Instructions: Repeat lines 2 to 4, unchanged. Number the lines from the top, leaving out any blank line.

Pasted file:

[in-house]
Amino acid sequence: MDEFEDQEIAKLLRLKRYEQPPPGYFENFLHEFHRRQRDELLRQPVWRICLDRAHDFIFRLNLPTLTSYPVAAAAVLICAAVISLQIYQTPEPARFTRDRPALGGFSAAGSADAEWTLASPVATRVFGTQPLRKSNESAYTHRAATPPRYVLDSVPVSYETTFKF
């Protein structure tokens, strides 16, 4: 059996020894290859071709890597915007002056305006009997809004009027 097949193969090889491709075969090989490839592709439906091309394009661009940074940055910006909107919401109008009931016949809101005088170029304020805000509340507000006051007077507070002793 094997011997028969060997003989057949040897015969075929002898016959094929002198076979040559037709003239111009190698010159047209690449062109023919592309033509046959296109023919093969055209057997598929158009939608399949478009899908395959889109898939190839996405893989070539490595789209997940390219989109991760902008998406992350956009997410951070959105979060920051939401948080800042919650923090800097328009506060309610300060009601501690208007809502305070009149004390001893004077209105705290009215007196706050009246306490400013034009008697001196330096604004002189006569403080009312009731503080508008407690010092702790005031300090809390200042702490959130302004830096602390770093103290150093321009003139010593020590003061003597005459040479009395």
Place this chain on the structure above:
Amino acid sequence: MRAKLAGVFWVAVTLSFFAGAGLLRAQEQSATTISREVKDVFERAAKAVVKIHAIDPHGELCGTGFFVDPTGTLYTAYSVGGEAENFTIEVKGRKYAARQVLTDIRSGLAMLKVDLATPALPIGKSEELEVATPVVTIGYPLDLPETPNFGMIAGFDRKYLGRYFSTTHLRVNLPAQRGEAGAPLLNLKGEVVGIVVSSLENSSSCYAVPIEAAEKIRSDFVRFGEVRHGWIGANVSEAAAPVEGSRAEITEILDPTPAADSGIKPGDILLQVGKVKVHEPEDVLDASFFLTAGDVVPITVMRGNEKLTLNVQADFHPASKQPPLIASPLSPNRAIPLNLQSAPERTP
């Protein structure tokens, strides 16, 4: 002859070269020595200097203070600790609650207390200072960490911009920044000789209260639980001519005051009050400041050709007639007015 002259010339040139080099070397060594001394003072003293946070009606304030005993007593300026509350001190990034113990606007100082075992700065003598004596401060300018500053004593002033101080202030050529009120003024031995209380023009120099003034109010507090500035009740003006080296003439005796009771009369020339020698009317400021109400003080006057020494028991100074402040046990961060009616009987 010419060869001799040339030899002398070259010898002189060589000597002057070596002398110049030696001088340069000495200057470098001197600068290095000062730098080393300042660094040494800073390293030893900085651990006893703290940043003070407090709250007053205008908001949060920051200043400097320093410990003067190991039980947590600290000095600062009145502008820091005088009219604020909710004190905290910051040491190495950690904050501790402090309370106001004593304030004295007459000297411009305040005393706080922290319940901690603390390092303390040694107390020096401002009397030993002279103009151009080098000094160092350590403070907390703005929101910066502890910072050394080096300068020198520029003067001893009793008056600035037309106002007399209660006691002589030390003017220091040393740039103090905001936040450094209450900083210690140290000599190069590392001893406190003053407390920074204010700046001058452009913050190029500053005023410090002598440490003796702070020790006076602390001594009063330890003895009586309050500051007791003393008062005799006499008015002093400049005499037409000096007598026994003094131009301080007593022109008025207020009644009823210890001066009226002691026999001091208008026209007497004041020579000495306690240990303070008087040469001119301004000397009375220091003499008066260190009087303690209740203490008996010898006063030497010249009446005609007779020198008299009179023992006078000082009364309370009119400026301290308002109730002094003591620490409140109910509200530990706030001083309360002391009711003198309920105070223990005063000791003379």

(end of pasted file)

Amino acid sequence: MDEFEDQEIAKLLRLKRYEQPPPGYFENFLHEFHRRQRDELLRQPVWRICLDRAHDFIFRLNLPTLTSYPVAAAAVLICAAVISLQIYQTPEPARFTRDRPALGGFSAAGSADAEWTLASPVATRVFGTQPLRKSNESAYTHRAATPPRYVLDSVPVSYETTFKF
């Protein structure tokens, strides 16, 4: 059996020894290859071709890597915007002056305006009997809004009027 097949193969090889491709075969090989490839592709439906091309394009661009940074940055910006909107919401109008009931016949809101005088170029304020805000509340507000006051007077507070002793 094997011997028969060997003989057949040897015969075929002898016959094929002198076979040559037709003239111009190698010159047209690449062109023919592309033509046959296109023919093969055209057997598929158009939608399949478009899908395959889109898939190839996405893989070539490595789209997940390219989109991760902008998406992350956009997410951070959105979060920051939401948080800042919650923090800097328009506060309610300060009601501690208007809502305070009149004390001893004077209105705290009215007196706050009246306490400013034009008697001196330096604004002189006569403080009312009731503080508008407690010092702790005031300090809390200042702490959130302004830096602390770093103290150093321009003139010593020590003061003597005459040479009395």
Place this chain on the structure above: